Lisa Lepard said her daughters provided extra motivation during her fight with breast cancer

PONTOTOC – In the fight against cancer, tanning beds aren’t considered to be among the most reliable of allies.
Studies have shown that using a tanning bed can increase the incidence of skin cancer, but skin cancer wasn’t Lisa Lepard’s problem.
“That probably saved my life, a tanning bed,” Lepard said. “I looked down and there was this dimpling on my left breast. It was huge.”
Lepard is associate dean of nursing at Itawamba Community College in Fulton, so she understood the gravity of her situation.
“I had to conduct a pinning ceremony for nursing graduates that night,” she said. “I couldn’t tell you a thing I said.”
On the next day, she went to the Breast Care Center, and the staff got right to work.
“They did a mammogram, an ultrasound and a needle biopsy, all on the same day,” the 49-year-old Pontotoc resident said. “As a nurse, I never had thought of the importance of having all of those tests done on one day. Typically, you would have to wait.”
The tests were on a Friday, and she didn’t get the official breast cancer diagnosis until the following Monday. She wasn’t surprised by the result.
“You kind of knew from looking at the doctor during the needle biopsy and looking at the nurses,” she said. “I knew.”
‘Aggressive stance’
As a child, Lepard had seen the scars left from her grandmother’s mastectomy. That genetic connection was one of the factors she had in mind as she learned more about the disease.
“I was reading and reading and pulling down articles from the Internet,” she said.
When she met with her oncologist, he provided the options, but Lepard had already made her choice.
“I decided on an aggressive stance from the start. I didn’t want it to ever return,” she said. “Removing the whole breast, for me, was what I wanted to do.”
Before surgery, though, there was an important step. Lepard has two daughters, and she wanted them to understand what it meant to have a lump in a breast.
“I wanted them to feel the knot. I wanted them to feel what it was like,” she said. “They didn’t want to feel the lump, but you know your body better than anybody else. They needed to know what to look for.”
‘Because of them’
There were times when Lepard wanted to bury her head under the covers and pretend like everything was OK. The girls, Jenna and Jacque, provided Lepard with the extra motivation she needed to face the problem head-on.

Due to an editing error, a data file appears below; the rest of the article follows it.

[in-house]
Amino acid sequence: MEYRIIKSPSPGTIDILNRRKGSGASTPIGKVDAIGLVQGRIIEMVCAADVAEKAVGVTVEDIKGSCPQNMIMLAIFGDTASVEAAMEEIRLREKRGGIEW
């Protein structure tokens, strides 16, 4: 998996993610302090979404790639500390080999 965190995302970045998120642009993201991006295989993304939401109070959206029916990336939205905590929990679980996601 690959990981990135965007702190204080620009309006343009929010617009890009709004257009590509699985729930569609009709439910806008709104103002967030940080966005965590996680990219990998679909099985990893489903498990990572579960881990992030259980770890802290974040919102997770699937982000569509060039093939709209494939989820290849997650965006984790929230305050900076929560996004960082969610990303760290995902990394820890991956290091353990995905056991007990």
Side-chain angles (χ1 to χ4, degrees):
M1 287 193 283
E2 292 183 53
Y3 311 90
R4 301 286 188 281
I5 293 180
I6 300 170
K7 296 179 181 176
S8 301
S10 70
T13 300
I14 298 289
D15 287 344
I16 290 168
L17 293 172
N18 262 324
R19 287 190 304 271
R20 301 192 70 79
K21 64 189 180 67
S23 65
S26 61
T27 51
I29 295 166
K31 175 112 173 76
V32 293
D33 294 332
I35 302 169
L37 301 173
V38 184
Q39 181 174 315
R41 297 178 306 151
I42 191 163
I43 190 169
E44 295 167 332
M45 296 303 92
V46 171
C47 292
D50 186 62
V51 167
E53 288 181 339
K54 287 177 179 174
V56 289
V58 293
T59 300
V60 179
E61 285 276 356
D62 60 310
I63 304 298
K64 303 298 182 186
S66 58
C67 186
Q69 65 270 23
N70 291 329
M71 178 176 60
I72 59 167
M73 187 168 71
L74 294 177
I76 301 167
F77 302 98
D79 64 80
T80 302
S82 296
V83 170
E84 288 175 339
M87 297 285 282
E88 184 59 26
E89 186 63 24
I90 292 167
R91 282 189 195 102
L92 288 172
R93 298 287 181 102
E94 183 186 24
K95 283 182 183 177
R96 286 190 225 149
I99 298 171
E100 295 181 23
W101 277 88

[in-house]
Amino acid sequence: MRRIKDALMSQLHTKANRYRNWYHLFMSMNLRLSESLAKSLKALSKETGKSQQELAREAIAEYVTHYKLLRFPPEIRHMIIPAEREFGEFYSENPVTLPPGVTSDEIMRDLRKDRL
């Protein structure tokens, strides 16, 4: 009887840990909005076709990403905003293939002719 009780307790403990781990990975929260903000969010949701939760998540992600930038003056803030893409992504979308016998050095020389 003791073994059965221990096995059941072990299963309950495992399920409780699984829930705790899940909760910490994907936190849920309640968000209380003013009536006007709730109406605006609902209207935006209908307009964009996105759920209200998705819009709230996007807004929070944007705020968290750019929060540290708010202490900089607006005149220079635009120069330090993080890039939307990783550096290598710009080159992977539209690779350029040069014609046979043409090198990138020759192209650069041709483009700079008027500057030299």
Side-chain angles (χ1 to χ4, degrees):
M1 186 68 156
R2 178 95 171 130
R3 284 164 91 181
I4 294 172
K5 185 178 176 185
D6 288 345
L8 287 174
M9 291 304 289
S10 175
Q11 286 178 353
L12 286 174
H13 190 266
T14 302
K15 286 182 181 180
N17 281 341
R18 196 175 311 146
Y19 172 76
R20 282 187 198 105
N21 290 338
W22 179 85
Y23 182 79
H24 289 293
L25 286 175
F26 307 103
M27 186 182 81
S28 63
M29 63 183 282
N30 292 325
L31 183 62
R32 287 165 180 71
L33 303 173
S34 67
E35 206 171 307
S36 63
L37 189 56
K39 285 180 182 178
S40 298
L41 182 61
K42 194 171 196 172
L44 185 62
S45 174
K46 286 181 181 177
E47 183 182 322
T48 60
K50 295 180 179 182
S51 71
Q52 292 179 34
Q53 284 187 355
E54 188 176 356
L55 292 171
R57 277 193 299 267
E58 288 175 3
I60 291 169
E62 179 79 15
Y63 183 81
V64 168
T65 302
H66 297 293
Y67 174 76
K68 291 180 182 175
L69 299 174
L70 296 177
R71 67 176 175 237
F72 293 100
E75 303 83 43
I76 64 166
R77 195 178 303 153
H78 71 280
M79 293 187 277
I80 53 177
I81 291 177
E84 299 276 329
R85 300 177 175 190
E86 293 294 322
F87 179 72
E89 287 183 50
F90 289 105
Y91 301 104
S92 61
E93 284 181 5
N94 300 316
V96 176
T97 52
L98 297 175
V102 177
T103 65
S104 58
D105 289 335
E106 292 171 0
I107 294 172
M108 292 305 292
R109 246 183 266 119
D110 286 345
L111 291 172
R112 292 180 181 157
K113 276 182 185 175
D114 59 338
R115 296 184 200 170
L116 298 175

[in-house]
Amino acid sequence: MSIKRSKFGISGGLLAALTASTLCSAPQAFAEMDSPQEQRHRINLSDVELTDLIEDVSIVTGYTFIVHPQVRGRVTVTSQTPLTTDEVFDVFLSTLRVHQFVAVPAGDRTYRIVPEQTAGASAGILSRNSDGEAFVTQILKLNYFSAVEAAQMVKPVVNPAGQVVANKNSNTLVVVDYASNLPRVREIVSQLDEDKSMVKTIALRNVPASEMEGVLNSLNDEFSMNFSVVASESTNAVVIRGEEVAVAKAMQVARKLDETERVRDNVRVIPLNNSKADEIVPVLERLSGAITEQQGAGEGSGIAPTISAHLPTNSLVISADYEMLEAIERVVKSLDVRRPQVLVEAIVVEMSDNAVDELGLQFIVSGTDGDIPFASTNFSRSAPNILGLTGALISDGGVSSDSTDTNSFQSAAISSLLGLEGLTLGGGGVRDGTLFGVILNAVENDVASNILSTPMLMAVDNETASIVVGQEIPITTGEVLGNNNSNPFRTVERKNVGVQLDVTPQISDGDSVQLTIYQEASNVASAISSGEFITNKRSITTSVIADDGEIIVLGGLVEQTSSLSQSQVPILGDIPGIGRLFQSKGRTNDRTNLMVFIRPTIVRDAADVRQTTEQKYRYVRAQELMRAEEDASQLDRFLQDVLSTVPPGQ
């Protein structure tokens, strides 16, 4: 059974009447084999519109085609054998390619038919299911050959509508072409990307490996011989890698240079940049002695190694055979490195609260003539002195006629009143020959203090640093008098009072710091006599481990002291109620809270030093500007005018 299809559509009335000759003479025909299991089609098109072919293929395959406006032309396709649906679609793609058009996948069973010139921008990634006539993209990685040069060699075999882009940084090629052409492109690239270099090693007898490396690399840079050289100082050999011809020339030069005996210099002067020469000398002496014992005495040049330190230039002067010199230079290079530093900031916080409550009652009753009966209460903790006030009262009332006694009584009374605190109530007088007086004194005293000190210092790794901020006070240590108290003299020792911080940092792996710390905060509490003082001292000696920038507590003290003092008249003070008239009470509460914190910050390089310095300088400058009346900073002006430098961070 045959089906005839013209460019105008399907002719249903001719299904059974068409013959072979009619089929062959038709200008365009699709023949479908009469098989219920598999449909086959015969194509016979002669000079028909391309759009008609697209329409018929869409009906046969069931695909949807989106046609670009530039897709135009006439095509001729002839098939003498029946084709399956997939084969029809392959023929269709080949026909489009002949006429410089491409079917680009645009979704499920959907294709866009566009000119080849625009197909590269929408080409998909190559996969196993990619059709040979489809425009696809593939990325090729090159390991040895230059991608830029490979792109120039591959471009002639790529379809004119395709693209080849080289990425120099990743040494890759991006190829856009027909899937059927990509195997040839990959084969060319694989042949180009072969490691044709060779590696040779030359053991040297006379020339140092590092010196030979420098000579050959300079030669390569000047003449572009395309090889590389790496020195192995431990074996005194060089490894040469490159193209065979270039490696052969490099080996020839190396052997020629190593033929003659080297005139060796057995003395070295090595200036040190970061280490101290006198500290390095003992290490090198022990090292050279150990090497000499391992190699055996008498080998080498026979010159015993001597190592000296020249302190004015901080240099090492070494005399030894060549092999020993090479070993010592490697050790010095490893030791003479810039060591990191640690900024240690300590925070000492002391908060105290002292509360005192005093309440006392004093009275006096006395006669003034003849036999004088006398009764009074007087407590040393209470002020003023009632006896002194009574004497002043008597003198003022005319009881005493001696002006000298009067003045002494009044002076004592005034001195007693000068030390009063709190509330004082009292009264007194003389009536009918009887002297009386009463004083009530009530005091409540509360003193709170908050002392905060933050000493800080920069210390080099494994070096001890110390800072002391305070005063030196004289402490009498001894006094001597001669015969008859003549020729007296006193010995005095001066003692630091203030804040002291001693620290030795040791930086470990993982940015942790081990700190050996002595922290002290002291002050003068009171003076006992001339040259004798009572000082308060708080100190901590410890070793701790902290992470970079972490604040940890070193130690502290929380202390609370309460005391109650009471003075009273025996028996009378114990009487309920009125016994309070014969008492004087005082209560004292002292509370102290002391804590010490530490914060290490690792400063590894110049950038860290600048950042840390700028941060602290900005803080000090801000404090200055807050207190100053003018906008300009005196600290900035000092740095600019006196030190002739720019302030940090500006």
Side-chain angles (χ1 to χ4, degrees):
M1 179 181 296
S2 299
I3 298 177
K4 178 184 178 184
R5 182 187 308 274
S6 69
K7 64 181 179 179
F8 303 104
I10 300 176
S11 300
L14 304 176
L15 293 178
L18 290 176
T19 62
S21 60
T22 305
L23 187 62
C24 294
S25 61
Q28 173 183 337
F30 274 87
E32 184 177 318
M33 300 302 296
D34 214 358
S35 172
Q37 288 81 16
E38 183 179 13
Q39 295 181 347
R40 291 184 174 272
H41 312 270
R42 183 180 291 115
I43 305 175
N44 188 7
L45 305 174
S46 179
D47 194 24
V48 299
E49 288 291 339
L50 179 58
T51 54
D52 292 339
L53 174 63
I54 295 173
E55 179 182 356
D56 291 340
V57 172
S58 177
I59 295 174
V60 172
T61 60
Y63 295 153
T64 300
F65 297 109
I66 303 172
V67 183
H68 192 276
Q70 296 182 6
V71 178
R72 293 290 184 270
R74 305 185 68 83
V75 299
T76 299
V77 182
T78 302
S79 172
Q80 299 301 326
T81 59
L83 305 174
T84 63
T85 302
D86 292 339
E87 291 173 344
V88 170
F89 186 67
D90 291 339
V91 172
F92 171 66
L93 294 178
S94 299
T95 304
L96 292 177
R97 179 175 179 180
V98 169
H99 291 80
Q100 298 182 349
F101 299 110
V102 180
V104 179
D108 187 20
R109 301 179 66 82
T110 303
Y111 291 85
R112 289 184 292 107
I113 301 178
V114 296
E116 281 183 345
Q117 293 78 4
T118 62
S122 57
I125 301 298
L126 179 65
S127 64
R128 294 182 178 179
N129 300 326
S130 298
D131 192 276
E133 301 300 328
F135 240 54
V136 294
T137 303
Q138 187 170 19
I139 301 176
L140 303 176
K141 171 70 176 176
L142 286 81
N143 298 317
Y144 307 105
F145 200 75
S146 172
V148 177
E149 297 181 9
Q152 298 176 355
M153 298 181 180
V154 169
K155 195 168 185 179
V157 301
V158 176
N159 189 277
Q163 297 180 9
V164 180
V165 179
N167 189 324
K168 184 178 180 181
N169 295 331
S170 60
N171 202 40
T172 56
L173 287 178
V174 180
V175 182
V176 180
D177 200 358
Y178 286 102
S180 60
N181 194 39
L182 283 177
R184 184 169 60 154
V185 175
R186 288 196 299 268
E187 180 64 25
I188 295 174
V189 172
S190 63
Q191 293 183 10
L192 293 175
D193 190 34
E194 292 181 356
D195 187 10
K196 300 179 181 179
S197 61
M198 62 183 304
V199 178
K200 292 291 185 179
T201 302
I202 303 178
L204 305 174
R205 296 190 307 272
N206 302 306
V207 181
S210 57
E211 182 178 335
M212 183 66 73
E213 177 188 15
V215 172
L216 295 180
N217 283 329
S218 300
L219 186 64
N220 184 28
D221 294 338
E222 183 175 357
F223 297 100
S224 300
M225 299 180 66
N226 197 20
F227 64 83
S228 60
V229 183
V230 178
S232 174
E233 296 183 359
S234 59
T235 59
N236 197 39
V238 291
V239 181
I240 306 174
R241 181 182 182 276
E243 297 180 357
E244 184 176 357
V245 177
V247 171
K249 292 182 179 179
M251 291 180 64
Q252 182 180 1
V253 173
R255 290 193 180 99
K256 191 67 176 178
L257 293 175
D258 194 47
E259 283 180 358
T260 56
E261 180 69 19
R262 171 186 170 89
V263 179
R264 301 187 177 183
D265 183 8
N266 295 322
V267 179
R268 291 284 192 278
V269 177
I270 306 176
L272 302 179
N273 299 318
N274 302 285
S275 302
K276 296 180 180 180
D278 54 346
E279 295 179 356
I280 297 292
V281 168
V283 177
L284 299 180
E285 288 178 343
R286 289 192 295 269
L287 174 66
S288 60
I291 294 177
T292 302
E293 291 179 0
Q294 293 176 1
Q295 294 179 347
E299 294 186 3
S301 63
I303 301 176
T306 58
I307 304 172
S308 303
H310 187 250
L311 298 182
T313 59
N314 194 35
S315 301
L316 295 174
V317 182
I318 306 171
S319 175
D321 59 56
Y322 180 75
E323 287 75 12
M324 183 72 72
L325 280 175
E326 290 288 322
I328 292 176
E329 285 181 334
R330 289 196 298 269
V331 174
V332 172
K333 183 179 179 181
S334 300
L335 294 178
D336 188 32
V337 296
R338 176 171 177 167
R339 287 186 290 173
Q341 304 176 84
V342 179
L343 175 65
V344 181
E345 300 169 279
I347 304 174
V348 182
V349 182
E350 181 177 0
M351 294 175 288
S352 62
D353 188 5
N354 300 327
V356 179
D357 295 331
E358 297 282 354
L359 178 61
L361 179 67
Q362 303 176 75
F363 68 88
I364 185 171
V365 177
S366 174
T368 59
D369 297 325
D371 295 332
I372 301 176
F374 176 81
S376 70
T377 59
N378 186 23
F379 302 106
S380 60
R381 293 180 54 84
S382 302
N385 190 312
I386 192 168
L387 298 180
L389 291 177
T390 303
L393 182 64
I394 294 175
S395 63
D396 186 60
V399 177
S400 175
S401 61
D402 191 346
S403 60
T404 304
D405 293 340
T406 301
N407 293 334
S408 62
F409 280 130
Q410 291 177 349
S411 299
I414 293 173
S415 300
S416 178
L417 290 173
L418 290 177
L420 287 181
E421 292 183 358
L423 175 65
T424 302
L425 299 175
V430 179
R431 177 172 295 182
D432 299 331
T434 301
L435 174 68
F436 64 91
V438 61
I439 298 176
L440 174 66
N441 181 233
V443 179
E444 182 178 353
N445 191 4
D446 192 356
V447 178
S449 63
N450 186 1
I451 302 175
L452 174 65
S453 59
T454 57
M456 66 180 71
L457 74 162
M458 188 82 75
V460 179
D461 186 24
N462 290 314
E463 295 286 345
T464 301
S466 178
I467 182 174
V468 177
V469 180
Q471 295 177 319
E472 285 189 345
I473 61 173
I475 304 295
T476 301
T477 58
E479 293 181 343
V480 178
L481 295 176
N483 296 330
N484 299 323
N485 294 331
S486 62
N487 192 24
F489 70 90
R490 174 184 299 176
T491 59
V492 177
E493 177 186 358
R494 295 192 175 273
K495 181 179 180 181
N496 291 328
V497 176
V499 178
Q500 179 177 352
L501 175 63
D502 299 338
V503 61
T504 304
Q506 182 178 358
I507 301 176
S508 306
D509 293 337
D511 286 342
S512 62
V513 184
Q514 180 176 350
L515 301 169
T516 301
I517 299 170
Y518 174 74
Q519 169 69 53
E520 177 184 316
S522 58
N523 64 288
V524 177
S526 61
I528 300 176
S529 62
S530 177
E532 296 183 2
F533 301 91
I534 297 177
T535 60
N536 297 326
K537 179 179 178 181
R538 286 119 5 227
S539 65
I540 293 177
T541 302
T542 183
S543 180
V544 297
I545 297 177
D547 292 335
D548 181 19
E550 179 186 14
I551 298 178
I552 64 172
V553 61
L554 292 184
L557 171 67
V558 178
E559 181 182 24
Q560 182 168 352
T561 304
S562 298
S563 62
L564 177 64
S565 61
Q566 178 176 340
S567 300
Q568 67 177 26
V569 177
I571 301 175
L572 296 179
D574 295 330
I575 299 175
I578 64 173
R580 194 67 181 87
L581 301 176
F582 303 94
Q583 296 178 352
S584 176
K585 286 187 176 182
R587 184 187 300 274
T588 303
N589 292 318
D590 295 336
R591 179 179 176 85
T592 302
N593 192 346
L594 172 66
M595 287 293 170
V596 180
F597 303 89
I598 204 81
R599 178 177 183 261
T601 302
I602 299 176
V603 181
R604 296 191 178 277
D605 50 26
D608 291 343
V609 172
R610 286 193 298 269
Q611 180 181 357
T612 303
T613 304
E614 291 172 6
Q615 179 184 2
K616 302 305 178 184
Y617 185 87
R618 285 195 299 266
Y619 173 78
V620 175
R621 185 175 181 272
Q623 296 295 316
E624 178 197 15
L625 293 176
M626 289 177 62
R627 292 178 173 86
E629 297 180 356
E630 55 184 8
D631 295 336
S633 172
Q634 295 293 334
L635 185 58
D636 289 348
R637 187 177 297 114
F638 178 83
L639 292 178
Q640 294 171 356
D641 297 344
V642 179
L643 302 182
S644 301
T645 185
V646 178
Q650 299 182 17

“They’re the reason you go on. That’s the reason you fight this thing and do everything you can to find a cure. It was my girls,” she said. “I looked at my girls and said, ‘I’m fighting this with everything I have because of them.'”
Knowledge was key to Lepard’s battle with breast cancer, but it also caused problems.
The more Lepard thought about going through her first chemotherapy session, the more anxious she became.
“There were lots of moments when I wished I had no nursing background,” she said. “I knew that first treatment was coming. I got myself into a panic.”
It turned out that the actual treatment was no picnic, but it wasn’t nearly as bad as she’d expected.
“They knew what they were doing,” she said. “There was no vomiting because they have medicine to control it. I thought I was going to have a terrible reaction, but I didn’t.”
Lepard lost her hair because of the treatment, but she decided she wasn’t going to let it fall out one clump at a time. She and her daughters made an event of the day she shaved her hair.
“I wasn’t going to let cancer take everything. I was not going to let it control my every minute,” she said. “I took control of when I shaved my hair.”
She bought two wigs. One was long, voluptuous and curly, and it didn’t quite work. She bought another that was more subdued.
“I know there are women who are comfortable leaving it bald or wearing scarves or bandanas,” she said, “but I loved that wig.”
Lessons
She’s a two-year survivor. She’s taking the anti-cancer drug, Tamoxifen, and visits with her oncologist every three months.
Lepard is writing a book about her experiences. Early in her diagnosis, someone gave her a journal and a pen. She filled the book with a tangled mixture of thoughts and feelings.
“I’ve tried to read the journal, but I had to stop,” she said. “It was not fun. It was filled with emotions and ‘Why me?’ I still haven’t read the journal in full. I will, though. I will.”
She expects her book to offer a comedic look at breast cancer. Her first chapter is tentatively titled “How to Choose the Perfect Recliner,” based on the chairs patients use during chemotherapy.
But the book also will include serious observations. Lepard said she’s been blessed by the outpouring of support she’s received from family, friends and colleagues.
Breast cancer was a hard, emotional fight. Now, she’s interested in enjoying the silver lining that came with the dark clouds.
“I don’t ever want to forget it. It was painful and tumultuous,” she said. “I want to learn from it. I will be a better mother. I will be a better friend. I will be a better daughter. I will learn from it.”

M. SCOTT MORRIS / NEMS Daily Journal